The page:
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Discussion on: I'm Vivek Saraswat, investor in Dev Tools + Infra startups @ Mayfield and former product leader @ Docker/VMware/AWS. AMA!

juliannatetreault profile image
Julianna Tetreault

Hi Vivek!

I have two questions for you:

  • What advice would you give to someone looking to move into a product manager role?
  • What would you consider to be some red flags for you when deciding to invest in an early-stage company?
vsaraswat profile image
Vivek Saraswat Ask Me Anything

Hi Julianna!

  • Glad to see you're interested in PM! I believe the single most important trait a potential product manager can develop is empathy. The PM is the voice of the customer, the bridge to non-technical teams (sales/marketing/ops etc.), and the closest partner to engineering. This requires that a product manager be really, really good at putting themselves in another person's shoes and understanding what drives them. There are several good resources on building empathy as a PM--I have a few links in an article I wrote on building empathy in enterprise product last year. Aside from that, I would spend time working with PMs, and importantly with other related orgs like sales and marketing to understand how each of them connect within the business, as PMs often need to coordinate and fit everything together.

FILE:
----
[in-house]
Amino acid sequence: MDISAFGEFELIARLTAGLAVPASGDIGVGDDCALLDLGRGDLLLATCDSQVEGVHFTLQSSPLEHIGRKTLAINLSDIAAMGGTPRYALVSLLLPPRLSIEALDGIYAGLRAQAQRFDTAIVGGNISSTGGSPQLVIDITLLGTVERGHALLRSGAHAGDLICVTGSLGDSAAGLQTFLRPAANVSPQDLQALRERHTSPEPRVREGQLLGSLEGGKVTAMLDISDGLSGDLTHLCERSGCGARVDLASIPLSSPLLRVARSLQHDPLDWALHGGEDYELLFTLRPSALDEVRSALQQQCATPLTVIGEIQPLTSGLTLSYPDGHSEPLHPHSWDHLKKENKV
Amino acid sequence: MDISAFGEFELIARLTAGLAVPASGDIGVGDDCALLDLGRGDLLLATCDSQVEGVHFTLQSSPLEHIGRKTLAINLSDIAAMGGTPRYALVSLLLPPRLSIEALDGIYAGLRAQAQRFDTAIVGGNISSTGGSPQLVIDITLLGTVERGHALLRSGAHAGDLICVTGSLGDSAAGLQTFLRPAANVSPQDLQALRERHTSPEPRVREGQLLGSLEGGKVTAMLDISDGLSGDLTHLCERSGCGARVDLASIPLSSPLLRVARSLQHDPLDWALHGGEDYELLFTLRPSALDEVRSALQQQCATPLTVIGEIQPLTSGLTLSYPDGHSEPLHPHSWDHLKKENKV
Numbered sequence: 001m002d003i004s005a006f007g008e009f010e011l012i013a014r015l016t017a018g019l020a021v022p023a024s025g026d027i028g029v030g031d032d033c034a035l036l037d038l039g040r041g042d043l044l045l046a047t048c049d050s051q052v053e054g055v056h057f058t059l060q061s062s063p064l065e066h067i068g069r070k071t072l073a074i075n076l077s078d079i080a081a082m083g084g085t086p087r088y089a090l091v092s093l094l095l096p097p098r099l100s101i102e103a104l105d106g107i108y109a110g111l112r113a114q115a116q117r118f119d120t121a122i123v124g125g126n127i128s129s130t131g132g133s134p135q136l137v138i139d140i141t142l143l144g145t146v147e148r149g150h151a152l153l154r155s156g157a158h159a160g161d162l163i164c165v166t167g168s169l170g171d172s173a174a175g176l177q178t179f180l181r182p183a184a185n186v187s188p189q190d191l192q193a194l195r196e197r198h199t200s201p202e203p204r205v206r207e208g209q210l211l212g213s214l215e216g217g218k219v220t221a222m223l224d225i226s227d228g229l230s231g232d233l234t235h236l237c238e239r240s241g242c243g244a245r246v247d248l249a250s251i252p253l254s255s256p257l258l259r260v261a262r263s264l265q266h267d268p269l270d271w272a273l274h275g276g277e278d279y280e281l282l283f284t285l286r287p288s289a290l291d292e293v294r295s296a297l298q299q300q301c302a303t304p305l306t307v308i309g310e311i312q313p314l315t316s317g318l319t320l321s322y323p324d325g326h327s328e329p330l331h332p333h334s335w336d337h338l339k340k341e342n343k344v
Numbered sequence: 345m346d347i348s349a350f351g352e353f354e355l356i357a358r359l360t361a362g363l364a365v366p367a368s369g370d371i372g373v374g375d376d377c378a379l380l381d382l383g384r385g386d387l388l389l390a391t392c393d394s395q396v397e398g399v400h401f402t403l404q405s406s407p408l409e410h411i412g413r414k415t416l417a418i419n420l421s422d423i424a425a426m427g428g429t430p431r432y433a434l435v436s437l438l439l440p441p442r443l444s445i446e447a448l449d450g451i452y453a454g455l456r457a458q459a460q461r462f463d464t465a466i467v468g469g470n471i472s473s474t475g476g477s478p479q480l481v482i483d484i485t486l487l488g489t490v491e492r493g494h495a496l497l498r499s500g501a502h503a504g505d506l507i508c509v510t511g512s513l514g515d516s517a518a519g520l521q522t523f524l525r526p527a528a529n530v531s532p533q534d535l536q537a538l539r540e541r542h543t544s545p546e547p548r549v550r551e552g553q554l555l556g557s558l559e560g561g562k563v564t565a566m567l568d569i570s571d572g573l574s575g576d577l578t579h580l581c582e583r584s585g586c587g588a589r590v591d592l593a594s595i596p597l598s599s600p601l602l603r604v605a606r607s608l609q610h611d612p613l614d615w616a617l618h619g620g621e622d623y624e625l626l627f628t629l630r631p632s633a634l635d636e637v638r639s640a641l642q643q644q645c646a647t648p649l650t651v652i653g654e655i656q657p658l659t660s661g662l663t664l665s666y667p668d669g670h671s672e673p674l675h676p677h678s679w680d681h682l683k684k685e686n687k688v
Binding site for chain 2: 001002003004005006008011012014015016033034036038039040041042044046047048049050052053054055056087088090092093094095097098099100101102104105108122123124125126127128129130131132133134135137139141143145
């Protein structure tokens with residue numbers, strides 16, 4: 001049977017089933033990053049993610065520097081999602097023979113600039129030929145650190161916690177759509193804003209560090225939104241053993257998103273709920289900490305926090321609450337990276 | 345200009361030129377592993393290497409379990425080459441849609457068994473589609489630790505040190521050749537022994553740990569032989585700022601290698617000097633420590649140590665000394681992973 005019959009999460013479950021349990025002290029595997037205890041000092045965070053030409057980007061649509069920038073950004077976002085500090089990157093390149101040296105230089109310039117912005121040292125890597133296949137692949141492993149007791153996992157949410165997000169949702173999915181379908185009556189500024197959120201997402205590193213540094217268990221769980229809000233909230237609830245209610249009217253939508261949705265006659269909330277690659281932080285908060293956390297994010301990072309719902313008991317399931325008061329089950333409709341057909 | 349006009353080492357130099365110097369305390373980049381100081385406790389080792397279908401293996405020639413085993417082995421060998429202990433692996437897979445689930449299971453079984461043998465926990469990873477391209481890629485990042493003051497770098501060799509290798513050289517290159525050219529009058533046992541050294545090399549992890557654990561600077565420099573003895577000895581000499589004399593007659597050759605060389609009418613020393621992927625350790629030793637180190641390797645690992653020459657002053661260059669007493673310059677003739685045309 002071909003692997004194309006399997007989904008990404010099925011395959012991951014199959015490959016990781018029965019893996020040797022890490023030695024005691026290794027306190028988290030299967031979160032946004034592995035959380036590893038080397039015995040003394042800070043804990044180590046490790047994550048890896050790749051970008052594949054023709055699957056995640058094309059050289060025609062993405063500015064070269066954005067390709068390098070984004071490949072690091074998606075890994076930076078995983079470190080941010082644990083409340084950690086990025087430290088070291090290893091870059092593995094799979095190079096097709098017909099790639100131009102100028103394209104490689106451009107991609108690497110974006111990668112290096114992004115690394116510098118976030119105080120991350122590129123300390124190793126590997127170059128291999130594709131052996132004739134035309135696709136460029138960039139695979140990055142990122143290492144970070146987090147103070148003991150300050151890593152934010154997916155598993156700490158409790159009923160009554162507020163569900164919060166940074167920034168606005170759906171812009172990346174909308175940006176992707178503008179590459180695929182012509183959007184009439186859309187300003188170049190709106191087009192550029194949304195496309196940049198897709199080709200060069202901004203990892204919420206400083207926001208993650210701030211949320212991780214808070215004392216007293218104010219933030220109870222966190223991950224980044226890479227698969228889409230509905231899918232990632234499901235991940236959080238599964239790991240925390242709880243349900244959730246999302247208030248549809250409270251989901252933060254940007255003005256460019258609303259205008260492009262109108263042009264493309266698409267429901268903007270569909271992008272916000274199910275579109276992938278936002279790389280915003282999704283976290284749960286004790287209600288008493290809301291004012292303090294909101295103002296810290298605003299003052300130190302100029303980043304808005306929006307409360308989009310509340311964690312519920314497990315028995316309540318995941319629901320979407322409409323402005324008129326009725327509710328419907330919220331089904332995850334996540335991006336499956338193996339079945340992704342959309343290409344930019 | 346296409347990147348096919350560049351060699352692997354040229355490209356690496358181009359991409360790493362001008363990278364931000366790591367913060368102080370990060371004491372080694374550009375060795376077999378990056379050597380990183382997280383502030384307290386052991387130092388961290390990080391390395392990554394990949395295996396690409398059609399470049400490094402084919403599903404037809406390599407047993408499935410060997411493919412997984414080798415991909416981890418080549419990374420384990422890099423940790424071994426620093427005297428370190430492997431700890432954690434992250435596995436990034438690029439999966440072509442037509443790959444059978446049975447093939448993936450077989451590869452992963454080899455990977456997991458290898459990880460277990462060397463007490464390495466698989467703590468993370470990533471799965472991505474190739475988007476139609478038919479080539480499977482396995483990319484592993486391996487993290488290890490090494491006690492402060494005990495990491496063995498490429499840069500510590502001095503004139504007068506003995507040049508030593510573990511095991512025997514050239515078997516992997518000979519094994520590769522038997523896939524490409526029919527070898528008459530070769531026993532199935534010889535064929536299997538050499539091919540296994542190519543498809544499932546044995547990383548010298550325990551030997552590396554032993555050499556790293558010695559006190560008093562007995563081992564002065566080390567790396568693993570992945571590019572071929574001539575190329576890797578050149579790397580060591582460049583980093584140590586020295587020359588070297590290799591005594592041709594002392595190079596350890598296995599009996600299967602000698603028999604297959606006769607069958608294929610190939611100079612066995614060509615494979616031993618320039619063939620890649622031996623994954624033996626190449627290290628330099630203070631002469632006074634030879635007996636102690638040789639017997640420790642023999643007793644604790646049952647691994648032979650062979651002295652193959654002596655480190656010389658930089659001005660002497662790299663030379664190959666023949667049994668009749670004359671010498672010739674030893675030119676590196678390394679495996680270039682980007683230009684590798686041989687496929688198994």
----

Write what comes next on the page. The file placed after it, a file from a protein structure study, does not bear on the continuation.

• There's a definitely a lot that goes into evaluating and early stage company...I wrote up a framework of my evaluation here in case you'd like more details. There's very few straight up red flags, but here are some:
    1) The CEO lies about anything and it comes up later in diligence. This one should be obvious, but you'd be surprised, it happens.
    2) The CEO doesn't know key metrics of the business (revenues, burn rate, etc.). This is part of the fundraise process and should be expected.
    3) The CEO is seriously trying to decide between raising an early stage round or selling the company. This suggests they aren't serious about building a large-scale business.
    4) The CEO is rude or dismissive to members of the Mayfield staff. It's totally fine if folks are nervous or buttoned up. That's ok. But People-First is one of our principles and I won't tolerate that kind of behavior.

juliannatetreault profile image
Julianna Tetreault

Thanks so much for the thorough response, Vivek! I found your articles insightful and was particularly interested in the live-fire exercises that you mentioned—empathizing with the customer is incredibly underrated.

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